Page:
She'd been talking about the train, but in response he made a soft noise – at first Winry thought it was a snore – and slipped his arm over her waist, his fingers drumming a pattern at the small of her back. "My mom's property's still in the Elric name," Ed murmured, his eyes slipping shut. His breathing was evening out but he added, "I thought I'd scout it out today. See how far it goes. I wanna check with Al and see what he wants to do with it."

Winry blinked, studying his face. It was smooth, calm and unconcerned, almost stoic. She'd always been proud of her ability to read Ed, understand what he was really thinking and feeling even if he wouldn't say it. This time she really had no idea what Ed was trying to say – or maybe she was just unsure if she should really believe it. "What do you want to do with it?"

"I want to keep some. Enough to build on," Ed said easily, immediately, as if he'd been thinking about it. "Al might want to split it in two, or maybe parcel it and sell it off. We could probably stand to sell some, since we're not going to farm it. I don't know." He yawned, then murmured, "We'll see."

She waited a few minutes, and finally asked in a cautious tone, "What about the train?"

He never responded.

That was Thursday.

On Friday morning Winry woke up in bed alone, the sheets wrapped around her ankles and the pillow next to her cool. The sun was shining through the blinds and lacy white curtains, filling the room with a weak yellow light that hurt Winry's eyes as she rubbed them and tried to adjust.

She sat up in bed and stared down at her bare feet on the carpet, trying to wake up her mind and think about what she needed to accomplish today. There were pre-op instructions with Mrs. Reynolds, at least two maintenance appointments, and she needed at least a good hour stretch of time so that she could put the finishing touches on a couple of pieces she'd been working on. A steady day, but not stressful.

A pair of overalls was laying on the floor by the door; slipping into them and tying them off at the waist she stumbled down the stairs, bumping into the walls sluggishly as she turned corners. Her mind was entirely on her task list, and not at all on the empty bed she'd woken up in or the bit of hope she'd been shrouding in her heart.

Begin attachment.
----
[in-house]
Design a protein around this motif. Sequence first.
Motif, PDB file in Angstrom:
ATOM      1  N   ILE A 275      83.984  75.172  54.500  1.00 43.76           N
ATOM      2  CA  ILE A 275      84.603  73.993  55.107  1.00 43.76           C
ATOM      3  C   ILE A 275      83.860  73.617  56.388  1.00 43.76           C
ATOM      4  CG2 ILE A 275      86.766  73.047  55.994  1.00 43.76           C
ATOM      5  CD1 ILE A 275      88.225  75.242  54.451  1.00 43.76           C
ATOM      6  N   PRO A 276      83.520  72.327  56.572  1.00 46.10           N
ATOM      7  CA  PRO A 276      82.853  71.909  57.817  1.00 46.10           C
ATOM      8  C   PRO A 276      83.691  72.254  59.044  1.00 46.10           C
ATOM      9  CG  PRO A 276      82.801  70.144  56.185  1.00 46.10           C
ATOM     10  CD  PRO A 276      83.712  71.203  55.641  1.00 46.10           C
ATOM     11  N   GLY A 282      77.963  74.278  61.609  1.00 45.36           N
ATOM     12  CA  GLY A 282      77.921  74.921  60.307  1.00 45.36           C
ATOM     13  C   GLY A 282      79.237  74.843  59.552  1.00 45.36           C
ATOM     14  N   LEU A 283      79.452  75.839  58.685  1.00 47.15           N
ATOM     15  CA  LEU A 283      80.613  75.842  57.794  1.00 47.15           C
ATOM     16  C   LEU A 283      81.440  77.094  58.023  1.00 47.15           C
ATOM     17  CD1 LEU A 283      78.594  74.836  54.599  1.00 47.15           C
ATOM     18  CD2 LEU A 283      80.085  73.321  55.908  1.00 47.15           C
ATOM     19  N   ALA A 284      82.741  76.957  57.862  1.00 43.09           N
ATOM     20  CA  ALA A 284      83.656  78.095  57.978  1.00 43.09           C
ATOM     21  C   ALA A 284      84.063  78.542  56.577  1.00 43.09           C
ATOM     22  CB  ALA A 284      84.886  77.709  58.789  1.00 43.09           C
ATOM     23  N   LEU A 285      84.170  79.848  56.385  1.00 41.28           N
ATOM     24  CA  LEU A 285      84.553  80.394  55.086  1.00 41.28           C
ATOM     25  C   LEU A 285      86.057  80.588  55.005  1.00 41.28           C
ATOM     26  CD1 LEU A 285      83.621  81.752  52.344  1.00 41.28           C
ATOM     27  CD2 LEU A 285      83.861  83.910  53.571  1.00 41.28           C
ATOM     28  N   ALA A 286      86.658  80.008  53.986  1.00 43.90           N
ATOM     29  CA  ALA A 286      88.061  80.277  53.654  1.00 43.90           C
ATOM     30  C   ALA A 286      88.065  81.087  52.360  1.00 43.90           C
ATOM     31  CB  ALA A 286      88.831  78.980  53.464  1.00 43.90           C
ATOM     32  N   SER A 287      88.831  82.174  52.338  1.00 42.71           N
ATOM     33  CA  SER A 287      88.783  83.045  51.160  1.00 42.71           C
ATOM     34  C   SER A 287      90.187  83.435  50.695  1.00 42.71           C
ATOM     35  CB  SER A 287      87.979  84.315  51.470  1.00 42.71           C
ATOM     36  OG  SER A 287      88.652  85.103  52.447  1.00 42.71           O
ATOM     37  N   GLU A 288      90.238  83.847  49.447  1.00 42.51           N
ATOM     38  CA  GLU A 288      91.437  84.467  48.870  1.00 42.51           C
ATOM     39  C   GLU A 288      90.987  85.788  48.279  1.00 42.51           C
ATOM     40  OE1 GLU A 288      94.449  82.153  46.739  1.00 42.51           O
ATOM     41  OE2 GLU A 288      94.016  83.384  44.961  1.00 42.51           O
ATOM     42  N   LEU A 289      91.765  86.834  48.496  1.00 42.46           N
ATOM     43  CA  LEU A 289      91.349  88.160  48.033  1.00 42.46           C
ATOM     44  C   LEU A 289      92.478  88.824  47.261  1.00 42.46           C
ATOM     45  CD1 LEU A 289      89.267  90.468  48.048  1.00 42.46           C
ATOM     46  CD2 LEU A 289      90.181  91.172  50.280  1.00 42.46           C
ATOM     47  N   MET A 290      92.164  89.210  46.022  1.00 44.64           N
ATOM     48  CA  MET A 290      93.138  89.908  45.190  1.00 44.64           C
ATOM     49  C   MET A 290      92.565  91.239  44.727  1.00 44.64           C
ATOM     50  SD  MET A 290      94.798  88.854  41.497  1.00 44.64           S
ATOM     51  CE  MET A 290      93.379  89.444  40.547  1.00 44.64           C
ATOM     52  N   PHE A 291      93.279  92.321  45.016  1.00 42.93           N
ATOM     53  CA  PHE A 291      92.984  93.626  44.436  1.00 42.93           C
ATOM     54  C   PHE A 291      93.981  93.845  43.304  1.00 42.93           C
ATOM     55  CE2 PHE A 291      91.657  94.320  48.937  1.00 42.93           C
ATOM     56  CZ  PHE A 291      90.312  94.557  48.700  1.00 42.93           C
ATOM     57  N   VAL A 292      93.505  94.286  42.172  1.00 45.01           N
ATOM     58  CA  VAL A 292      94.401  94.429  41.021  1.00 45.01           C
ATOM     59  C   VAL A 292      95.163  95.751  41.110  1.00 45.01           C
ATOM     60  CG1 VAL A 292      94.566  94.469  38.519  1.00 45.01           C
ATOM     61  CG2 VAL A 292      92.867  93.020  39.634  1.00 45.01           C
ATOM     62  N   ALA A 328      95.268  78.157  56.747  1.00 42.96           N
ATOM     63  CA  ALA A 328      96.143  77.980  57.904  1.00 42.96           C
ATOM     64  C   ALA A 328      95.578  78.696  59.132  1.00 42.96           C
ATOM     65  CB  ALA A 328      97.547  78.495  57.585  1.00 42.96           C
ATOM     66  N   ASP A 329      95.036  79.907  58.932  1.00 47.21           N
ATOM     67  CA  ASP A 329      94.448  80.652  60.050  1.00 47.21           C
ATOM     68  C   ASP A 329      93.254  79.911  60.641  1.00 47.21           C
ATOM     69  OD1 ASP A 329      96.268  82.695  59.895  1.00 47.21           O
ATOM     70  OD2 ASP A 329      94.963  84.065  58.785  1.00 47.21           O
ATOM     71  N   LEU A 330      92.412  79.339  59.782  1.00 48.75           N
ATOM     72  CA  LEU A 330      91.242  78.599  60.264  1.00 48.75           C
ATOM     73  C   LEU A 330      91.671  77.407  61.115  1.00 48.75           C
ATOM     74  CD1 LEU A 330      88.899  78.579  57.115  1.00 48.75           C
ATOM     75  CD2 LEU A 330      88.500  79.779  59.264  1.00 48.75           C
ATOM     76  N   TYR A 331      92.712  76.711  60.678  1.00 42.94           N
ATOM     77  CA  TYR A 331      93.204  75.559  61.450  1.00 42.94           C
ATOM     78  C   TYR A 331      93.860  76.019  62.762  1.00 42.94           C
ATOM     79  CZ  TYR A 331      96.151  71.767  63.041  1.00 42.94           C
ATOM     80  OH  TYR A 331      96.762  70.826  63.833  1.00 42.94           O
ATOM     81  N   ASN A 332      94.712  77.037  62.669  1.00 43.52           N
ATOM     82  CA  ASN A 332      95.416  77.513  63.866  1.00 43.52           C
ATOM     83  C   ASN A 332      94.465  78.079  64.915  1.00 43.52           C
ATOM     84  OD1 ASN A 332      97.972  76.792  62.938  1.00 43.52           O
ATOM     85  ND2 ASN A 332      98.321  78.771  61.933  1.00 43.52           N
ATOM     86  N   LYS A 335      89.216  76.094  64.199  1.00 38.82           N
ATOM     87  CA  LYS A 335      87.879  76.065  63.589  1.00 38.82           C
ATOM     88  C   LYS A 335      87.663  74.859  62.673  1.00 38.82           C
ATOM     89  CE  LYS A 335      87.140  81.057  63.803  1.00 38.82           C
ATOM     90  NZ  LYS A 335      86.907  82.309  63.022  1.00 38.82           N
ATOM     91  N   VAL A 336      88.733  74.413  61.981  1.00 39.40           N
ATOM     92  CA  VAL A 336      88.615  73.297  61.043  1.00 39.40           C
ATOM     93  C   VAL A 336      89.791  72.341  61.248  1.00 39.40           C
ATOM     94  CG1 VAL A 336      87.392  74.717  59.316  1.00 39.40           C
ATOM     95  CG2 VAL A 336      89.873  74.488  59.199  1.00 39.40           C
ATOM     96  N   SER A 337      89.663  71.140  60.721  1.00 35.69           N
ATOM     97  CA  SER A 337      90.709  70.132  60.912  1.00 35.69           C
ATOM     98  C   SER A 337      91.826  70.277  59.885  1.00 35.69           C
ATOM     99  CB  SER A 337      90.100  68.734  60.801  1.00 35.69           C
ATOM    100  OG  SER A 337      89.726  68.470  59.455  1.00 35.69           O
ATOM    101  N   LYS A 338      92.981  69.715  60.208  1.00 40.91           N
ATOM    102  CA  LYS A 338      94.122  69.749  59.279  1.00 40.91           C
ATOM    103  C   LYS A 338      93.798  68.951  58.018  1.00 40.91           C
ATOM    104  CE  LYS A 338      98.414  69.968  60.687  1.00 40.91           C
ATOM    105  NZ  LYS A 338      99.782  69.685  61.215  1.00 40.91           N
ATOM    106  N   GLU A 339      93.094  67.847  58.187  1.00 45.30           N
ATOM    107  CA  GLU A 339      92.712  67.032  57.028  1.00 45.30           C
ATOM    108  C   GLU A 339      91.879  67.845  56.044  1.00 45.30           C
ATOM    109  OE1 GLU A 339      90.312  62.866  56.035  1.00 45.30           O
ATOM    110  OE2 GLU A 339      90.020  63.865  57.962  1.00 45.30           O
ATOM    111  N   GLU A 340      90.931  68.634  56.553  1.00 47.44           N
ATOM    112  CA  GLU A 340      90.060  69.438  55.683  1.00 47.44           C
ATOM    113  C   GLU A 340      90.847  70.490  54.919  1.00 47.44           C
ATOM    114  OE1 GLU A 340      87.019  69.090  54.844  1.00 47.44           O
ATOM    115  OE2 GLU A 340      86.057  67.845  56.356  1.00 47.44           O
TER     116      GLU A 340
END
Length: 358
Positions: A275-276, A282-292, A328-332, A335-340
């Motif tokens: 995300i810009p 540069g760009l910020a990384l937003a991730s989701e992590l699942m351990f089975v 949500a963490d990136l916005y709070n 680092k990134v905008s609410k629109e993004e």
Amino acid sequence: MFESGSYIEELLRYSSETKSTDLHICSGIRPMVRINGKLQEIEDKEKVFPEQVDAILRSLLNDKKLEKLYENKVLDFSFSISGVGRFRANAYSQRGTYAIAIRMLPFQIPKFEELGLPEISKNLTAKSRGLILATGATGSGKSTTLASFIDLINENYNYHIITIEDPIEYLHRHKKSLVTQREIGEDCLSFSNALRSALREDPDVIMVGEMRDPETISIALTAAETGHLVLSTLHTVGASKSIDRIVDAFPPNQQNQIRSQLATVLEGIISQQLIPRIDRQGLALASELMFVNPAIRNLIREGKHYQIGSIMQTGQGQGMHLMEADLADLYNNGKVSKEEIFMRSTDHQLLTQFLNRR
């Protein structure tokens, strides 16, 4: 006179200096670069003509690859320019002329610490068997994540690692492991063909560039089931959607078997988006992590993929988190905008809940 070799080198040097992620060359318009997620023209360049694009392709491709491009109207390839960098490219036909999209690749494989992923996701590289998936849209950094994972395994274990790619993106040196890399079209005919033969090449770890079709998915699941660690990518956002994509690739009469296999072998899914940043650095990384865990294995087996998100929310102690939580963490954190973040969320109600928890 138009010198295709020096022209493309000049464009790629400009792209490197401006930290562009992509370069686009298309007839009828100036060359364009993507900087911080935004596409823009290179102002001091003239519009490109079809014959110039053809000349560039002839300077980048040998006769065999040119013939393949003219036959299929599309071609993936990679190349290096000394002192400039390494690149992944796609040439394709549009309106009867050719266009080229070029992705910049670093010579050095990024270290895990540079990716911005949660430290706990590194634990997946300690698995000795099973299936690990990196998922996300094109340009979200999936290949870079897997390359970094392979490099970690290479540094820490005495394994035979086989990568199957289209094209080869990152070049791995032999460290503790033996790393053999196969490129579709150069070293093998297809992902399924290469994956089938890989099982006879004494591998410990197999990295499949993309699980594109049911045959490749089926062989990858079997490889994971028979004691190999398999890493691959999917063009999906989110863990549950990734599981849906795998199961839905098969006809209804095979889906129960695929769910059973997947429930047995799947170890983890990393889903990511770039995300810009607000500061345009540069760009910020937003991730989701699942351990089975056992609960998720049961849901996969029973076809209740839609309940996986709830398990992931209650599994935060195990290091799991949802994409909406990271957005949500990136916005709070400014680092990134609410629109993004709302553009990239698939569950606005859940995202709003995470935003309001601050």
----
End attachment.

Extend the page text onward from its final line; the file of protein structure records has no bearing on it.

Ed was standing at the sink when she walked in the kitchen and sat at the table.

"Morning," he saluted, handing her a cup of coffee. She took it gratefully, smiling a greeting in return as she curled her legs under her and leaned back in the chair. "Gran said Mrs. Reynold's is coming by in half an hour and to make myself scarce."

Winry rolled her eyes. "Mrs. Reynolds likes you. You can hang around."

Ed held up both hands. "You said that. I'm not getting between you and the old hag in an argument."

She laughed and sipped her coffee before reaching for the plate of toast in the middle of the table. Her fingers had just barely grasped a piece when Ed cleared his throat and asked, "So… have you thought about any plans for a wedding yet?"

Winry dropped her toast. It lay on the table, forgotten, as she stared at Ed.

They'd been promised to each other for almost three years now; the agreement had been between them alone, and hadn't been spread to anybody – except, of course, Alphonse and Granny, who weren't considered "anybody." She'd never said anything to him about it, had never pressured him to settle down. It had just always been there between them, implicit, while they took care of their own affairs, because if there was one thing she knew about Ed, it was that he always kept his promises no matter how long they took.

"I – um." She coughed, her throat suddenly dry. "I was waiting. For you. For some things. Before I decided. Um."

"Ah." Ed sipped orange juice. His face was calm, but there was the slightest hint of a blush on his cheeks. "We should decide, then."

That was the beginning.